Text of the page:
This has already meant a revolution in the way I live my days and nights.  In order to know how to love the people around me, I am having to learn to listen to them and discover what I can do to help them become all they want to be—instead of insisting they play their parts in my drama of being the Wizard of Austin, Texas.”

Lord, I want to see more clearly where I am occupying the throne in my life in Your place.  Help me to become aware when I am on that throne.  Show me how to get out of Your way, and how you would have me love and free the people you put in my life.  In Jesus’ name.  Amen.

“You’re blessed when you’re content with just who you are—no more, no less. That’s the moment you find yourselves proud owners of everything that can’t be bought.”

Mt. 5:5, The Message

 

“You’re blessed when you get your inside world—your mind and heart—put right. Then you can see God in the outside world.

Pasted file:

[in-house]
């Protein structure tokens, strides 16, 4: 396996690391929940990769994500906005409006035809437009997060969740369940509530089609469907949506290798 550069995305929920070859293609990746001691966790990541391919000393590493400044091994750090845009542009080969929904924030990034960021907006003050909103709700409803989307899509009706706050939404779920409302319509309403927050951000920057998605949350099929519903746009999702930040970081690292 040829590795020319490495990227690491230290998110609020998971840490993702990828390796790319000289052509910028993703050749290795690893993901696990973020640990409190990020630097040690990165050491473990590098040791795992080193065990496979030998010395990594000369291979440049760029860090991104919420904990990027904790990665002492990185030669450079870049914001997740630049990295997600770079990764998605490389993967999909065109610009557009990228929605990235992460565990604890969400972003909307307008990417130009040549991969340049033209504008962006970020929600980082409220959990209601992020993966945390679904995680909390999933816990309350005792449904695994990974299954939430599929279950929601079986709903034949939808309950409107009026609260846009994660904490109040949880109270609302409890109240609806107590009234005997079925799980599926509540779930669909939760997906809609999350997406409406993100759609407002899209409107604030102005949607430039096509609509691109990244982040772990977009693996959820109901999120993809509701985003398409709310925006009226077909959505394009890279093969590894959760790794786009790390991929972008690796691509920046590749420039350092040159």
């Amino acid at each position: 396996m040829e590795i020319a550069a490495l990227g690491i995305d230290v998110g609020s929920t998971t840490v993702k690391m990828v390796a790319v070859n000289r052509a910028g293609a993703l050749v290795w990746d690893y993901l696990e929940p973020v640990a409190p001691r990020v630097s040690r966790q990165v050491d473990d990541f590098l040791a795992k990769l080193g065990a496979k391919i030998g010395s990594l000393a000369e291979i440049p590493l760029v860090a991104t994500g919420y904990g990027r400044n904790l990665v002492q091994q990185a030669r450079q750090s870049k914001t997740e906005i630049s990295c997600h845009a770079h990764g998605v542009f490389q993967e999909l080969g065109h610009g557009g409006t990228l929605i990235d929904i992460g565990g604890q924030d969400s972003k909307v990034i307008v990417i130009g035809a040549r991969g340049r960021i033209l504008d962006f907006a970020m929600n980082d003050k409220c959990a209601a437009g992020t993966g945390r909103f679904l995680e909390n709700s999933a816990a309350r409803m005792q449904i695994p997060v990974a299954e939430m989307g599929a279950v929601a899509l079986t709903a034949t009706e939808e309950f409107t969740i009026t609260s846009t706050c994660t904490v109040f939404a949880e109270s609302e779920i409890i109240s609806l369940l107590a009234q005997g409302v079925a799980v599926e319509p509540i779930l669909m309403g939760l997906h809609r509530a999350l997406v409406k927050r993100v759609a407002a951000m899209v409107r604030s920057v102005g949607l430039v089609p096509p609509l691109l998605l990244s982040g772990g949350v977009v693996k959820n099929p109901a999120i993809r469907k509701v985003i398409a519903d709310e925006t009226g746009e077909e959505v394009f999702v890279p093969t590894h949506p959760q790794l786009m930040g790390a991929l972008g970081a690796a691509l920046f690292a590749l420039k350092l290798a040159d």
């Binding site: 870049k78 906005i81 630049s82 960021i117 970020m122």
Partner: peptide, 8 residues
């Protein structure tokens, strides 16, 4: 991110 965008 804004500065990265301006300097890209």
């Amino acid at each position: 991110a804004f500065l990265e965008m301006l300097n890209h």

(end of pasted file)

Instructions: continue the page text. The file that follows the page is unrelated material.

Mt 5:8, The Message

 

Blessed the man, blessed the woman, who listens to me, awake and ready for me each morning, alert and responsive as I start my day’s work. When you find me, you find life, real life, to say nothing of God’s good pleasure.

Prov. 8:32 The Message

 

The day will come when, after harnessing space, the winds, the tides and gravitation, we shall harness for God the energies of love.  And on that day, for the second time in the history of the world, we shall have discovered fire.”   

Teilhard de Chardin

2 comments | Add One

  1. David - Red Letter Believers - 03/2/2010 at 2:10 pm

    When I look in the mirror, i’m not very happy with what I see. its not the gray and the wrinkles…its the bitterness, the spitefulness, the pride.

    Great post. Thank you for the reminder.

    David, Red Letter Believers blog
    http://www.redletterbelievers.com

  2. Chareedet - 03/7/2010 at 12:53 pm

    thank!